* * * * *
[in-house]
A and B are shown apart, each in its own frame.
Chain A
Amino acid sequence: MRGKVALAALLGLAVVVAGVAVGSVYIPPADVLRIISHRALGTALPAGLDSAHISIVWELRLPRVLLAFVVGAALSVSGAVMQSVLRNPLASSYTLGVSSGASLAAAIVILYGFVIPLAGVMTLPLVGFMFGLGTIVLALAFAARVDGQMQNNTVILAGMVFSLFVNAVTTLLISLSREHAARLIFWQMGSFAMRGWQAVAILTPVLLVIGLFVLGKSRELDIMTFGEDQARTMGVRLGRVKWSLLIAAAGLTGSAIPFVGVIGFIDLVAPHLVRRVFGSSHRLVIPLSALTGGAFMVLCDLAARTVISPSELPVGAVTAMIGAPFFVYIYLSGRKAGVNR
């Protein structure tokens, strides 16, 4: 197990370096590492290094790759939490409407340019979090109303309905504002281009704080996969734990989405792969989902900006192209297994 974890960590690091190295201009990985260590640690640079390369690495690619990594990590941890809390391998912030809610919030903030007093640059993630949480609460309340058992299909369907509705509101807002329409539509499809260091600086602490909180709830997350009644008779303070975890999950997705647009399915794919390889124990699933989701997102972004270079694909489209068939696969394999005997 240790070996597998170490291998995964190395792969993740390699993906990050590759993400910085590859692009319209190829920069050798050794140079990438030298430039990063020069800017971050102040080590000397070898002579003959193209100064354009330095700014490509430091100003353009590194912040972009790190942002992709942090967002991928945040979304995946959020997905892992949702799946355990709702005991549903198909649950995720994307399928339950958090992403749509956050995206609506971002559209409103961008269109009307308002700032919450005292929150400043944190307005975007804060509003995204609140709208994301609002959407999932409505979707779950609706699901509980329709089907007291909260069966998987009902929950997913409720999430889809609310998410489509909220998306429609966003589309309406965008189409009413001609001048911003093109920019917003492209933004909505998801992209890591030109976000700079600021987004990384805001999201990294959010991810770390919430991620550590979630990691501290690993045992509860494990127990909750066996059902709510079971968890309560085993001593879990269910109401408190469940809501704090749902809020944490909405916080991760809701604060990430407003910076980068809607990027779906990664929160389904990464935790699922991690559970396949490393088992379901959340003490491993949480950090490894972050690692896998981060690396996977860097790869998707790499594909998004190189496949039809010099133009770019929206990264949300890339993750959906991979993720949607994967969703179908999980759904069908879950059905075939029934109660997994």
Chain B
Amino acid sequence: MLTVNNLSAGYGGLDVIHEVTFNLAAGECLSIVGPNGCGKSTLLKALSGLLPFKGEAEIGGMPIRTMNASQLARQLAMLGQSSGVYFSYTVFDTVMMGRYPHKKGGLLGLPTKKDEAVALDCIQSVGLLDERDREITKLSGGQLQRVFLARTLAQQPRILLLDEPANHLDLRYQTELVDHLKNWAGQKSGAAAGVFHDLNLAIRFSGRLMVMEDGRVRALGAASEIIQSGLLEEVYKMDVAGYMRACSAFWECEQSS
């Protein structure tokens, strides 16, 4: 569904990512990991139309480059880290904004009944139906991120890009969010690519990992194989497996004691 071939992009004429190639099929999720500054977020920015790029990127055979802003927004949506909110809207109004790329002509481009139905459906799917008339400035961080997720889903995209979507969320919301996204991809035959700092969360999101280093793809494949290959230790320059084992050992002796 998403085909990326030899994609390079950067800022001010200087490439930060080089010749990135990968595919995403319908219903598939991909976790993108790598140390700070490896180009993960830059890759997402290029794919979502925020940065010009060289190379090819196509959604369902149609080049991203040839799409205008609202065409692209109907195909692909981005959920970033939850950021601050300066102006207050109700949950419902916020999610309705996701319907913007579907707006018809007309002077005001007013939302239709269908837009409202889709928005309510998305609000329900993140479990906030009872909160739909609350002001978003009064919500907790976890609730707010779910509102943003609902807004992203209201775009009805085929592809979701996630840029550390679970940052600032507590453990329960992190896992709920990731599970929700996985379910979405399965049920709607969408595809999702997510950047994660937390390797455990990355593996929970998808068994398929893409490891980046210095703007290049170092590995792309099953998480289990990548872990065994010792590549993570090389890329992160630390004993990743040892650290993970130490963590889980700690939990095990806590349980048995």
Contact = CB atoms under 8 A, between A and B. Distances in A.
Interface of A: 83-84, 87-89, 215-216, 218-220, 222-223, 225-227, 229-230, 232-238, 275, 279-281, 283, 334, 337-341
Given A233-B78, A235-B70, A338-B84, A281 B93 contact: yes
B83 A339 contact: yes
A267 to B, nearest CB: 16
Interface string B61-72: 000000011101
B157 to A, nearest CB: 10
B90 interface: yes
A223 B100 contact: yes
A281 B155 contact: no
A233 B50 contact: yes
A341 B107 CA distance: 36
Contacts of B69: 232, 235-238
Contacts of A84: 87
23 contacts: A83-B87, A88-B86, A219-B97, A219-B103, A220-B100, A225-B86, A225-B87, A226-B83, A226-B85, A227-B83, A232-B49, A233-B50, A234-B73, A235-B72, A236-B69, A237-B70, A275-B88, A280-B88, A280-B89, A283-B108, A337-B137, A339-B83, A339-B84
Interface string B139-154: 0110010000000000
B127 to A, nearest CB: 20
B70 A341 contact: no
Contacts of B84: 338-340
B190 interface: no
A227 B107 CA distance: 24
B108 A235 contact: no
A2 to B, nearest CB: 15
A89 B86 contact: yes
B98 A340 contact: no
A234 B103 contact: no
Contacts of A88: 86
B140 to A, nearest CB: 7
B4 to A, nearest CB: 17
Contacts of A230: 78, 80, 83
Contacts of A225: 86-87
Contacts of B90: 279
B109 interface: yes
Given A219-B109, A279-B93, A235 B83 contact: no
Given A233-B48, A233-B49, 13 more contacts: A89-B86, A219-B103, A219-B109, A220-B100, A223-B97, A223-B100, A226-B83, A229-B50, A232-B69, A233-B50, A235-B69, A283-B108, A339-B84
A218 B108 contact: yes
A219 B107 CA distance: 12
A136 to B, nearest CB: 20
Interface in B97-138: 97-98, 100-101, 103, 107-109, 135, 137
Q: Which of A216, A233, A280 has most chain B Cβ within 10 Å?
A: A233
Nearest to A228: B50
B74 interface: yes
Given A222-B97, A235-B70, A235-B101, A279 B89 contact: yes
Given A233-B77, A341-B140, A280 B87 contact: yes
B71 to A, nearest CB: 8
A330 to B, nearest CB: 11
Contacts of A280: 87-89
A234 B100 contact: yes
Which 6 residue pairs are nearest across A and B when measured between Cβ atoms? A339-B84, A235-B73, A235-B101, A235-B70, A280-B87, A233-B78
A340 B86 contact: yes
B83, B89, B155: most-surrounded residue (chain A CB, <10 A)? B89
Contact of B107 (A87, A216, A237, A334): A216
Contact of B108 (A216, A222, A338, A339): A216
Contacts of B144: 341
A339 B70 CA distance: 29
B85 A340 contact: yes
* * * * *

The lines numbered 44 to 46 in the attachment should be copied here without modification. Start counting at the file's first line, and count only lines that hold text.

A218 B108 contact: yes
A219 B107 CA distance: 12
A136 to B, nearest CB: 20